Malaysia: Protecting Terengganu's coastline against erosion

ROSLI ZAKARIA New Straits Times 1 Feb 16;

KUALA TERENGGANU: Climate change, which has affected the weather patterns poses a new challenge for the Irrigation and Drainage Department in redesigning beach protection measures to prevent damage in areas with economic value along the Terengganu coastline.

The recent high tide and rough sea conditions that battered the breakwaters and beach revetments have provided clues on the seriousness of beach erosion and the threat it posed to fishing villages, as well as measures to protect the beach.

Although the structures, completed last year following the big floods, were able to withstand the rough weather, they, however, failed to protect the entire stretch.

“Beaches protected by breakwaters and revetments were not affected, but a section of the beach just a few metres from the structures suffered serious erosion.

“We can see this in Paka (Dungun), Tok Jembal (Kuala Nerus) and Gong Batu (Setiu),” state Irrigation and Drainage Department director C. Poobalan told the New Straits Times recently.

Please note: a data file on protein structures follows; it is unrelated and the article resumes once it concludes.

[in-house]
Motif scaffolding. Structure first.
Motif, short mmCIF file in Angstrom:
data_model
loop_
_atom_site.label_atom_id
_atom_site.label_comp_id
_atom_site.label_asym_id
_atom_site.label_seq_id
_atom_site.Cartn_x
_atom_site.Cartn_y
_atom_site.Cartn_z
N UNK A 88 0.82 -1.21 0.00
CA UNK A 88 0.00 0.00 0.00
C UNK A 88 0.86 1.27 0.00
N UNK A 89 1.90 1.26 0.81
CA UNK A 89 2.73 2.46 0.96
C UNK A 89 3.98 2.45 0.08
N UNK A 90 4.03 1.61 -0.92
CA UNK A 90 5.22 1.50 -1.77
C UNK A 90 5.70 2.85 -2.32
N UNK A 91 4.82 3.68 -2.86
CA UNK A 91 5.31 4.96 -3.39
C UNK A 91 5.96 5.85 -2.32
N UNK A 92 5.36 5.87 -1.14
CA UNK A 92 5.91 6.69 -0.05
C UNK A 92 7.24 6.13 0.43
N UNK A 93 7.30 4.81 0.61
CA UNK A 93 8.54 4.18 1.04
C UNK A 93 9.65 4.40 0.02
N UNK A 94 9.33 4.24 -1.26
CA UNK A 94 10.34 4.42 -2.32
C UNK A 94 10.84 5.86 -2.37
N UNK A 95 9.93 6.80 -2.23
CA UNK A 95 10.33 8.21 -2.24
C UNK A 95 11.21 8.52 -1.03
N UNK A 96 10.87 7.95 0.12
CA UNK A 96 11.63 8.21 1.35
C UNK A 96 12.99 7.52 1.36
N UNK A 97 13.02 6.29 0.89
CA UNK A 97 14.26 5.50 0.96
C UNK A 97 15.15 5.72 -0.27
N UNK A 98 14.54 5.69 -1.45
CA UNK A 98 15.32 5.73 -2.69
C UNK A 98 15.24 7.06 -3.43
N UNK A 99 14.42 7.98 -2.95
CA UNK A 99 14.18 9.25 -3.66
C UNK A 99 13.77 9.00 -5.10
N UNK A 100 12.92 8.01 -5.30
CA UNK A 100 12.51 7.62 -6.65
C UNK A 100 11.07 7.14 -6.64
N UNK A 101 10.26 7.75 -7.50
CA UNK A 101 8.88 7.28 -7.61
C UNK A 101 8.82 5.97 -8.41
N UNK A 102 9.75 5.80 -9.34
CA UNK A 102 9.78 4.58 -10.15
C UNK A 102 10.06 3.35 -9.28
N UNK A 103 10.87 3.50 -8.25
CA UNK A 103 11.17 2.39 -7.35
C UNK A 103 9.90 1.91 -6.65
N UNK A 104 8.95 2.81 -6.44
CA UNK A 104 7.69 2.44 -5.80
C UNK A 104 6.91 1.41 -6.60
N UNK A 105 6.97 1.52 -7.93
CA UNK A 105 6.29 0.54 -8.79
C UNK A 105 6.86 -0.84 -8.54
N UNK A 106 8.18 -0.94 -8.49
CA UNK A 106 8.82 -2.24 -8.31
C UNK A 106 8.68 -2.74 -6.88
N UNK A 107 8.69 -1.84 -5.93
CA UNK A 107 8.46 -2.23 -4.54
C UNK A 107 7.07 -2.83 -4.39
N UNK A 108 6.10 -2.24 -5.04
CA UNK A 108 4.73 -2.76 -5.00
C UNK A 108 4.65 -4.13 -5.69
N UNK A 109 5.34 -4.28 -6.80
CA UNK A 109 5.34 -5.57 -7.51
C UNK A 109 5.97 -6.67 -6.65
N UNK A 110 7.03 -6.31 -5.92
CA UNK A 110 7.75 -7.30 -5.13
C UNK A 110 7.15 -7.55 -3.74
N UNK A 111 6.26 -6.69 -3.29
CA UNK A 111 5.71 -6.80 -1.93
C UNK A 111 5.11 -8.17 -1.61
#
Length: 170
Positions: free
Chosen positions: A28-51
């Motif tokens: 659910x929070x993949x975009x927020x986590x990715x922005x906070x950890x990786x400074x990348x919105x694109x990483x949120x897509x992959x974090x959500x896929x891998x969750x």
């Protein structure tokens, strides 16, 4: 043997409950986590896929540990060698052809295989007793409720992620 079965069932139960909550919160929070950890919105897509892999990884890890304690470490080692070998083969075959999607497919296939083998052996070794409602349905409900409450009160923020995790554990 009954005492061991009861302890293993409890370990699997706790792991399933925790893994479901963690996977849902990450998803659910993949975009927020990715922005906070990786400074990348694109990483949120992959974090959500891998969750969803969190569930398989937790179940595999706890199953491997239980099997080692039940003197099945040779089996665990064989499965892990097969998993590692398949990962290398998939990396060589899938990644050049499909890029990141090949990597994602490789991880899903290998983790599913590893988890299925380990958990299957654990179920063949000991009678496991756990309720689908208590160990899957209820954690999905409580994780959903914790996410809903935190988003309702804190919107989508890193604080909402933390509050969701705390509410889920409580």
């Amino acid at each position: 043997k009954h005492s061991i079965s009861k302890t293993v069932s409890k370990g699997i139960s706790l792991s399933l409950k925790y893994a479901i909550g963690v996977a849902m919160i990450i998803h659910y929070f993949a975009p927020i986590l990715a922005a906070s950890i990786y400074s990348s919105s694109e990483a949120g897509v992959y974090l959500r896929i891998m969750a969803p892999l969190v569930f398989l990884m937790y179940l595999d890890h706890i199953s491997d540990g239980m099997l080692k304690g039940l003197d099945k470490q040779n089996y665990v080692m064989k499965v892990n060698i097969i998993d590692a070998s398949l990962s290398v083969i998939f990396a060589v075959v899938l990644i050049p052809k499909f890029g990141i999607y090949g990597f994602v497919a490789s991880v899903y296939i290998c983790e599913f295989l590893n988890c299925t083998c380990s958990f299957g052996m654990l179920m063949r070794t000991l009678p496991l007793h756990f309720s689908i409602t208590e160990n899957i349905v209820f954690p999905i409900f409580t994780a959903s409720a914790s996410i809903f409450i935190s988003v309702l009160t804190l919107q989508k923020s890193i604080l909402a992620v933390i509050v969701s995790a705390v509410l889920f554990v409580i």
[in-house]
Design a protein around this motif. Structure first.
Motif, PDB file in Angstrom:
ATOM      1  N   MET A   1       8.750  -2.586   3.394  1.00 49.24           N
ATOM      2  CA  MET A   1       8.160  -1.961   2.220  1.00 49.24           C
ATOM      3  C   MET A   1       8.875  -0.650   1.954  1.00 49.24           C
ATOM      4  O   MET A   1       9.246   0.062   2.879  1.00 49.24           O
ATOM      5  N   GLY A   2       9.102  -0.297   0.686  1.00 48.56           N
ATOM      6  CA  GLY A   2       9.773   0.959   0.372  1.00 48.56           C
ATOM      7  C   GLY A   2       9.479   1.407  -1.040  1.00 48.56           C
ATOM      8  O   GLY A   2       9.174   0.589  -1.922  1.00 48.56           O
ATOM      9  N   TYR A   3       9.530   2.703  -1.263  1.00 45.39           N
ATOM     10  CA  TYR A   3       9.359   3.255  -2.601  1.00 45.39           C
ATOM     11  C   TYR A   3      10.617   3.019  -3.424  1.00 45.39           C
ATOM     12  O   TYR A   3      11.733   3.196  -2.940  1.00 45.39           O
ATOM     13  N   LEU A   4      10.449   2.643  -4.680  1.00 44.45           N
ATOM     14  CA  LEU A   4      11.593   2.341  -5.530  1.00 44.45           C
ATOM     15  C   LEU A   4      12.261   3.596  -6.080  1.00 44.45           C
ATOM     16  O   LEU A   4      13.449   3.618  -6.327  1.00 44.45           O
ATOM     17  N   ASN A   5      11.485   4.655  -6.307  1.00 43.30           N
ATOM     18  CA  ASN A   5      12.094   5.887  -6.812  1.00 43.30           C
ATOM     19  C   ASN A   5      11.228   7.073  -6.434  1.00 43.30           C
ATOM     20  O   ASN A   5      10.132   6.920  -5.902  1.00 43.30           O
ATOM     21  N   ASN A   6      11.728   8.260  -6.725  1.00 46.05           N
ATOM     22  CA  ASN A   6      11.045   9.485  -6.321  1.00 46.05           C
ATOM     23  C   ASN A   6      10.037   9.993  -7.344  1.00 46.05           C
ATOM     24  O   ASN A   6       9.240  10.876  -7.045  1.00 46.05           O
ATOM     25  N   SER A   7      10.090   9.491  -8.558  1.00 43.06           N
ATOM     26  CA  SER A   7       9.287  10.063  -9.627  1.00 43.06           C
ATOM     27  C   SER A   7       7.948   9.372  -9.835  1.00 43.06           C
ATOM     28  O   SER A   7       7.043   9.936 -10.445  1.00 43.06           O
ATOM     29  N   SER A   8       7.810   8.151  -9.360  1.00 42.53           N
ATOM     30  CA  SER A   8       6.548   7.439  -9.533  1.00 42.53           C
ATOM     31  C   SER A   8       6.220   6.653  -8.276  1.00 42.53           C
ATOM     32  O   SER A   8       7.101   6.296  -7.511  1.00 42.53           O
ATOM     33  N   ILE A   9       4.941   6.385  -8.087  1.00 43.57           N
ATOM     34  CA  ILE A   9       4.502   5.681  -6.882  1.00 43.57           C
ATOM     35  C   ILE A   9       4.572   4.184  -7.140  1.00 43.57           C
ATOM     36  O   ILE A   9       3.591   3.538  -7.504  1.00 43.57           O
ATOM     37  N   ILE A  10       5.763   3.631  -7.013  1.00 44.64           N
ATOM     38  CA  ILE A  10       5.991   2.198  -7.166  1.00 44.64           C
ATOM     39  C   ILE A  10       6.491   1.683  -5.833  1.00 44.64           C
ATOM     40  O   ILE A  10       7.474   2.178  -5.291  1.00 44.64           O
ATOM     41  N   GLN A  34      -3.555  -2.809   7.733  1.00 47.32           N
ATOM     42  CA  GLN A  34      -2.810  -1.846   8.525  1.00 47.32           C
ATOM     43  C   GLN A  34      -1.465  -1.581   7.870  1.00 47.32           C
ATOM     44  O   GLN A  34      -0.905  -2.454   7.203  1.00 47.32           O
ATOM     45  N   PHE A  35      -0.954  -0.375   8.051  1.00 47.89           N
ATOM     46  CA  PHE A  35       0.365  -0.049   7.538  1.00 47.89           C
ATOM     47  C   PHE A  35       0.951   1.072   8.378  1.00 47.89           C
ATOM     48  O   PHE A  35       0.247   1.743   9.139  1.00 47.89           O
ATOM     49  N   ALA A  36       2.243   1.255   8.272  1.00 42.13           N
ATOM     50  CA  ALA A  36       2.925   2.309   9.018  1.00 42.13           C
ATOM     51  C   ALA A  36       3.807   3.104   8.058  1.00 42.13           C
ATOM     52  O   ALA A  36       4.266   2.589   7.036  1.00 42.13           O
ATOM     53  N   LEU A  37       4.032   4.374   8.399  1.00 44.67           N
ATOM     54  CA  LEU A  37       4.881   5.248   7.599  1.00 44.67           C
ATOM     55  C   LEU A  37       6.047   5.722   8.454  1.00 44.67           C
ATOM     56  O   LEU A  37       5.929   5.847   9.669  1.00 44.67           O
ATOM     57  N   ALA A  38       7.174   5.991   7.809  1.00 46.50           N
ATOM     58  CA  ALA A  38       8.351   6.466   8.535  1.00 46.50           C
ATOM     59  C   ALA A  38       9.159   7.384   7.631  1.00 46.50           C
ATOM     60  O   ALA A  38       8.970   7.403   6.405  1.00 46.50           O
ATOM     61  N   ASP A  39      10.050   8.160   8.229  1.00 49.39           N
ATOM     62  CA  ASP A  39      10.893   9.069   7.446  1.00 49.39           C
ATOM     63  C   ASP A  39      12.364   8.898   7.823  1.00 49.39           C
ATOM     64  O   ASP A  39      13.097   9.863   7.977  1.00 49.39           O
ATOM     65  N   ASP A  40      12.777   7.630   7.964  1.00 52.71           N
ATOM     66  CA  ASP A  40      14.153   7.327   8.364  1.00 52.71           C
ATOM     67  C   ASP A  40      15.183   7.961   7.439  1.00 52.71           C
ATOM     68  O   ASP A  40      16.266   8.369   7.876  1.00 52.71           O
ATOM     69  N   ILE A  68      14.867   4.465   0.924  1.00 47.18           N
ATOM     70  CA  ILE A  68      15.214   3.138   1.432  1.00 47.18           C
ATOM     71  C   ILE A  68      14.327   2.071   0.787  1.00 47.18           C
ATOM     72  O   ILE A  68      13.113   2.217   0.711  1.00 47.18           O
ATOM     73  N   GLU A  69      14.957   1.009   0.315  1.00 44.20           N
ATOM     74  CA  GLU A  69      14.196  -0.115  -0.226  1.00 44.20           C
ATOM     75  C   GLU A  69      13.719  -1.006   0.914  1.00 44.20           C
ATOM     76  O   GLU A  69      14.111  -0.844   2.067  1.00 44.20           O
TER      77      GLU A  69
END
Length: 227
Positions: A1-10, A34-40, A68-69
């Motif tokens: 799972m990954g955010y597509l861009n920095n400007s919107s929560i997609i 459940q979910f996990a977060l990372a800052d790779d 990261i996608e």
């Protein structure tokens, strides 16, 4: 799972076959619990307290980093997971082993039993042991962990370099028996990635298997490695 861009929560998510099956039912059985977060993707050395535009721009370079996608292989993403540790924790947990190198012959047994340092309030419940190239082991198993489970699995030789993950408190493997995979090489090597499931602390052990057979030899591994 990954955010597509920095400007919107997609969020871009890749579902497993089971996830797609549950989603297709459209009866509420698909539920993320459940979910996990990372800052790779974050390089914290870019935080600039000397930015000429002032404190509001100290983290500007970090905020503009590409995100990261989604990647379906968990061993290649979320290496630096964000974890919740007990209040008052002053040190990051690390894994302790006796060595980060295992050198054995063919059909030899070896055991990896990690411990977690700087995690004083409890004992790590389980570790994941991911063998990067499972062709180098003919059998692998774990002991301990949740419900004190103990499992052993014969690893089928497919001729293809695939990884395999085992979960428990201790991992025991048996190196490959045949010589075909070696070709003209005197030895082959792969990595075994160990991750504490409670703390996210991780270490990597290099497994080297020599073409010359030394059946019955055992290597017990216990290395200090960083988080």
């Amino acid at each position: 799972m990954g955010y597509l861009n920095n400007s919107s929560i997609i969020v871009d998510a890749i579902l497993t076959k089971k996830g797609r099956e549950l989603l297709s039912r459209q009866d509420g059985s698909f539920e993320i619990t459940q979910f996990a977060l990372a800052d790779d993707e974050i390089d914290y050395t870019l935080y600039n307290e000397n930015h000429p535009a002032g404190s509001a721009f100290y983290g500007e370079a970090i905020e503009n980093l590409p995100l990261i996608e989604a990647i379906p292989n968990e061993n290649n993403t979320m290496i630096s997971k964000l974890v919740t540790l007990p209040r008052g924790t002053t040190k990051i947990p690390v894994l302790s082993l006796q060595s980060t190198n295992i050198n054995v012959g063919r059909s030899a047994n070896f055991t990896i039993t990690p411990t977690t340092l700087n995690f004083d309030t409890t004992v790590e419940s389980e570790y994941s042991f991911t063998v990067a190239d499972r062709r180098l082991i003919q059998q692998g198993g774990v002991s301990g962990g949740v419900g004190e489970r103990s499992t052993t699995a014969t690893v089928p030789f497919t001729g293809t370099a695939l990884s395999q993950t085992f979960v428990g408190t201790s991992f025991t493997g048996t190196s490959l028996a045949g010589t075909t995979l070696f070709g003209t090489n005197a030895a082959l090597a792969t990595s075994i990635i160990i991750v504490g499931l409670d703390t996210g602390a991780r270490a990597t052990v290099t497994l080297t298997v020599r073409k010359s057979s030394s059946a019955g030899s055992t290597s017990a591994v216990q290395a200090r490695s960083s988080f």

“Tanjung Gelam in Kuala Nerus had a couple of houses destroyed by rough seas.

This stretch is not protected by a breakwater.

“In Gong Batu, the beach was protected by a strip of sandbars. But, in the recent rough sea condition, sea water breached it and flowed into Sungai Setiu.

“This encroachment will affect the salinity of water in Sungai Setiu and may affect aquaculture activity in Gong Batu,” he said, adding that the department had initiated efforts to protect the bund with geobags and geotubes.

Poobalan said culverts that acted as a retaining wall would be placed along the affected stretch.

In Tok Jembal, he said, the state government had provided funds to reinforce the beach revetments as a temporary measure to stop further erosion along the unprotected stretch.

“We will build a breakwater along this stretch.

The length of the breakwater will depend on the model proposed by the National Coastal Erosion Study that will be discussed next week.

The last study was in 1985.

“The criteria for beach protection have changed due to changes in the weather patterns influenced by the global climate change.

“The study will help the department to plan mitigation measures and prioritise it according to zones,” he added.

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